For Litro magazine
1. Remembering Wild is a little like the experience of Wild itself.
2. If you know what Wild is about, skip to paragraph six.
3. “To write this book, I relied upon my personal journals, researched facts when I could, consulted with several of the people who appear in the book, and called upon my own memory of these events and this time of my life.” So begins the author’s note of Cheryl Strayed’s memoir, Wild, significant considering the film that it’s spawned. Go to five.
4. First, it should be said, Cheryl Strayed (Reese Witherspoon) has the advantage of a biographically accurate name: “Cheryl strayed.” In oh so many ways, Cheryl strayed. Now she hikes alone on the Pacific Crest Trail, while trailing behind her is the persistent wraith of regret – back then, before we knew her as just a determined girl with an oversized backpack, Cheryl’s clawing for an emotional reprieve had led her down paths to addiction, and all the things addiction brings. Go to three.
5. Her closest companions now, on a route that weaves through 1,100 miles of mountains and lowlands, rather than the menacing strangers and occasional oddballs she encounters, are the aforementioned rucksack, a few books, and those sharpened memories. We discover a difficult childhood followed by the death of her mother — then the marriage that’s crumbled under the weight of Cheryl’s self-destructive behaviour. Go to 10.
6. Wild plays like a 127 Hours minus the mountain biking (thankfully) and a heap more boning (not of the sawn variety). Now paragraph eight.
7. The book’s prologue is where its adaptation, in earnest, begins. But first the opening motif: it’s these debauched scenes of poison-fuelled nights and too-bright dawns mixed now with all that outdoorsy natural beauty that provide for Cheryl a chance to rise again. Go to the first paragraph.
8. That spirit of free association brings a snow-browed mountain fox, (or it may have been an owl); a black dress unzipped for doggy-style; needles; the haunted echo of Paul Simon’s yelp across the mountains. A plush, green valley. Desert track. Wild is all about immersion – we are to discover and feel what Cheryl feels when she discovers that, somehow, “putting yourself in the way of beauty” might be an answer. And however she gets there, we’re with her from the first drop of sweat in the arid desert to the verdant mountains of Washington state. Paragraph three.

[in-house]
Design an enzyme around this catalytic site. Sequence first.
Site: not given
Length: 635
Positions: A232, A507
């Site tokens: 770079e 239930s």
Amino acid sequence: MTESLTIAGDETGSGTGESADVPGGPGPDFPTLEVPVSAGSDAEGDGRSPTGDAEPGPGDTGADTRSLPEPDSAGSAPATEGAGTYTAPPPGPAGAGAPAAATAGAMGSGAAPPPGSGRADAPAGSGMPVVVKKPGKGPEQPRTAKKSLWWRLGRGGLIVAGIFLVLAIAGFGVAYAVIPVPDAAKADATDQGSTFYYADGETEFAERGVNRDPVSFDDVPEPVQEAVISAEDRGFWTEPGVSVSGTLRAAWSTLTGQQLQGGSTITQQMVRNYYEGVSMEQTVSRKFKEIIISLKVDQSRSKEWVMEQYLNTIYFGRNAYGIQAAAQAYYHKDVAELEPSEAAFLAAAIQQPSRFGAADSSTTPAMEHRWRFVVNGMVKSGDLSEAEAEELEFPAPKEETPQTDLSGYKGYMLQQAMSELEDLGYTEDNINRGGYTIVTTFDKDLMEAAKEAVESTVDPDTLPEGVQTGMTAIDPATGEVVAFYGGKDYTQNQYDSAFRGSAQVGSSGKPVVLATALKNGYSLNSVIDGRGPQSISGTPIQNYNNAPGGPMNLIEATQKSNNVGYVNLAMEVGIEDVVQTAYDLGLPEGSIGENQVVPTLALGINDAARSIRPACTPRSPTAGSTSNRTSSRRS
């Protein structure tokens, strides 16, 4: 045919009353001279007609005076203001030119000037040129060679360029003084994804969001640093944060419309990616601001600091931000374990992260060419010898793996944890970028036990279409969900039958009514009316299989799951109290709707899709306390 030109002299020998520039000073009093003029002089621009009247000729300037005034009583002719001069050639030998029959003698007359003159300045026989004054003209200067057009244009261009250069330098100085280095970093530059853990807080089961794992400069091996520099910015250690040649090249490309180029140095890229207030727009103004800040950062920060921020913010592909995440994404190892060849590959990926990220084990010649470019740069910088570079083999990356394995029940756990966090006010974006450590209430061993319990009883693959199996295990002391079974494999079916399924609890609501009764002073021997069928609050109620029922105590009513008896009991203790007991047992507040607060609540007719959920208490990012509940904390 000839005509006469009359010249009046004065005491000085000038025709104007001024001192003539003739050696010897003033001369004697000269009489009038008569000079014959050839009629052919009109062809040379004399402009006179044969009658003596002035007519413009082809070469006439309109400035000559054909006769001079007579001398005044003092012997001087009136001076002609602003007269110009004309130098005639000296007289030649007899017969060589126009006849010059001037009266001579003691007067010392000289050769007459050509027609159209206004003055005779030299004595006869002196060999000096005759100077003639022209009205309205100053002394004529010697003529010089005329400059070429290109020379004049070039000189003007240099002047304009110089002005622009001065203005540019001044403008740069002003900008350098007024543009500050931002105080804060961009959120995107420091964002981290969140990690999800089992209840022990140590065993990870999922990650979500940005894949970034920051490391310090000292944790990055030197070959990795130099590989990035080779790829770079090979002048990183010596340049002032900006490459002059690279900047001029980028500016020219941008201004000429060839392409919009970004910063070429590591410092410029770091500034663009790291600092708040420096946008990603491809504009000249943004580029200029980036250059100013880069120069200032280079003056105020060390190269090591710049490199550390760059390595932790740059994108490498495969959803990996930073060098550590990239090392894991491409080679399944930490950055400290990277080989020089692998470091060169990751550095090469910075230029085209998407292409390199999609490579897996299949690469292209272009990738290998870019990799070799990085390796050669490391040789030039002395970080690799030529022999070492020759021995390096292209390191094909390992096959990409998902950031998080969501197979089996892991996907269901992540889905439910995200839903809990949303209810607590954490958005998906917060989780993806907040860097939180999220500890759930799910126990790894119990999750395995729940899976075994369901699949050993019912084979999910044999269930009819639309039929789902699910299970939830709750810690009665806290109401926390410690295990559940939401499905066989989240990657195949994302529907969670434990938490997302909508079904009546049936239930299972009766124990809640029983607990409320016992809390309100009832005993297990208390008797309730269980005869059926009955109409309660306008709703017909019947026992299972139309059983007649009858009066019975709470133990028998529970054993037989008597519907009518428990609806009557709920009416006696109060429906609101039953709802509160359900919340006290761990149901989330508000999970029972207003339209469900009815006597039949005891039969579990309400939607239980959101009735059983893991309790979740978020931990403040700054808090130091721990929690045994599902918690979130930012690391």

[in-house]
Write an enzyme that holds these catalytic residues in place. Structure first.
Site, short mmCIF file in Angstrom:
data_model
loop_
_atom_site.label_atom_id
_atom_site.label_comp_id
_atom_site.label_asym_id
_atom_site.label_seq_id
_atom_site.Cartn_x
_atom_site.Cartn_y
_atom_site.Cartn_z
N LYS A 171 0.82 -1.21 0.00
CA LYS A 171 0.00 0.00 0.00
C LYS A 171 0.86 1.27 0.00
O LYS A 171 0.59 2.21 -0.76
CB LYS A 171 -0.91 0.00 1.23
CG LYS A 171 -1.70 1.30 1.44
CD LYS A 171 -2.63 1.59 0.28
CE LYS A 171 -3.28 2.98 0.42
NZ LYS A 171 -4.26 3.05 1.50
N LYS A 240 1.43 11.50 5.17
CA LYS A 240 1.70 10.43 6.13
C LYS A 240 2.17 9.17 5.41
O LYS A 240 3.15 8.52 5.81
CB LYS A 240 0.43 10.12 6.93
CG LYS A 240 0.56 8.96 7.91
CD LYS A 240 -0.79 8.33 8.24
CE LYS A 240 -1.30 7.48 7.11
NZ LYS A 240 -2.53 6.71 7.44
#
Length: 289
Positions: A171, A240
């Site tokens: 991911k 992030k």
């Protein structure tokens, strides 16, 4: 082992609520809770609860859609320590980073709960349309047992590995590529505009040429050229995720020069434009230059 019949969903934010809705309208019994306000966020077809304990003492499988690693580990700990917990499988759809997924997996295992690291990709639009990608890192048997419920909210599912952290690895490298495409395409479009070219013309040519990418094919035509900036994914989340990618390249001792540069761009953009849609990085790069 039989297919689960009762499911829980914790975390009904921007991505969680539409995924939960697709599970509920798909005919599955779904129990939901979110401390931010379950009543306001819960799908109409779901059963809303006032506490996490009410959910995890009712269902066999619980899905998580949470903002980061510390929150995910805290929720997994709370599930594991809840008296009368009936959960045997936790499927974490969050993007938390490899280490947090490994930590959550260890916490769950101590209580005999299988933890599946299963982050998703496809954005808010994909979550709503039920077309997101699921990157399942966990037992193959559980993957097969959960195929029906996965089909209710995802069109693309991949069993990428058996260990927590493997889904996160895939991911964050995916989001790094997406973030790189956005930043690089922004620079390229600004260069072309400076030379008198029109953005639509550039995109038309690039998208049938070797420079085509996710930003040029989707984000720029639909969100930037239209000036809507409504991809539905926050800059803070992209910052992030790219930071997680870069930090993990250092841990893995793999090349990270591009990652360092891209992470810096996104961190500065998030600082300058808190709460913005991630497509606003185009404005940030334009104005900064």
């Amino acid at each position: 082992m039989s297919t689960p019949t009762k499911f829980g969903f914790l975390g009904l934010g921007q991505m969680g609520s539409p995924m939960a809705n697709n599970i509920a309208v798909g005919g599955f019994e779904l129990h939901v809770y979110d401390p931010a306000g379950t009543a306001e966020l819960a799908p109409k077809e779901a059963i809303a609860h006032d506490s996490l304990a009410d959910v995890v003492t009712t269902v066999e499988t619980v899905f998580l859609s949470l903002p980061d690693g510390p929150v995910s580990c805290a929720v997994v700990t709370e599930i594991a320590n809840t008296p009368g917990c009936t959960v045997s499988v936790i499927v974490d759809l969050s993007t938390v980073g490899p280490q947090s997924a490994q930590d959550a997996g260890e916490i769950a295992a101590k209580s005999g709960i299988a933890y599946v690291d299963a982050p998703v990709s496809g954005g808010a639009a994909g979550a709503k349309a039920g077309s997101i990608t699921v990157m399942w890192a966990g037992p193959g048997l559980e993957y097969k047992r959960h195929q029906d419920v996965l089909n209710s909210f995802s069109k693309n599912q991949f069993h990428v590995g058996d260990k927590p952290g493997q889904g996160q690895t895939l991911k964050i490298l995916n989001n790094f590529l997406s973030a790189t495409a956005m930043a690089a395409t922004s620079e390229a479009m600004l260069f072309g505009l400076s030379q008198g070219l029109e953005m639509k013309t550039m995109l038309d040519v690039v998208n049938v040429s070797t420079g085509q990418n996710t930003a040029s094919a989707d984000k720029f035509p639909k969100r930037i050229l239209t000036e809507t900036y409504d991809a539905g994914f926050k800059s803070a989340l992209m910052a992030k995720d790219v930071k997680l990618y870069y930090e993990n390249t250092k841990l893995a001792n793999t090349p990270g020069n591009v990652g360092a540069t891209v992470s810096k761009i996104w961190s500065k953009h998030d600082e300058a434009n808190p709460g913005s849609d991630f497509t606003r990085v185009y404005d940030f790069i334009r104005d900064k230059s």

9. Director/editor Jean-Marc Vallée, writer Nick Hornby and cinematographer Yves Belanger trade the traditional voiceover for delicately handled internal monologue. Tunes replay in Cheryl’s head as she hums and sings (most notably, Simon & Garfunkel’s ‘El Condor Pasa’), sometimes eerily, other times joyfully. Go to 12.
10. Those songs trip memory montages – and those memories are generally pretty regrettable. But as Cheryl makes her way those memories snowball not into revelations or epiphanies, but an incremental overcoming. Go to nine.
11. The film plays down Cheryl’s obvious writerly ambition – instead it’s hinted at with a few choice narrative-advancing quotes (Patti Smith, Ralph Waldo Emerson, for example) which Cheryl leaves in rain-proof guestbooks along the trail. Words have helped her better handle those demons. And although we never see her write more than a handful of quotes, the real Cheryl assiduously kept journals on her journey. Writing is a connection too with her lost mother, who returned to finish high school after breaking out of an abusive relationship with Cheryl’s father. Literature divided them while alive — her mother confesses her guilty pleasure James A. Michener (of whom a young Cheryl disapproves) — and now writing connects them again. Go to seven.
12. But Cheryl comes to accept these things have come to pass. The final product is an unpretentious, empathetic exploration of Cheryl’s psychic landscape that leaves judgment largely aside. Wild achieves with each of its neat devices a realistic, naturalistic evocation of real operating memory. It’s both linear and non-linear, playful, menacing, half-formed, complete, repetitive, exhausting, and exhilirating – a lot like something else you and I know. (Go to 11.)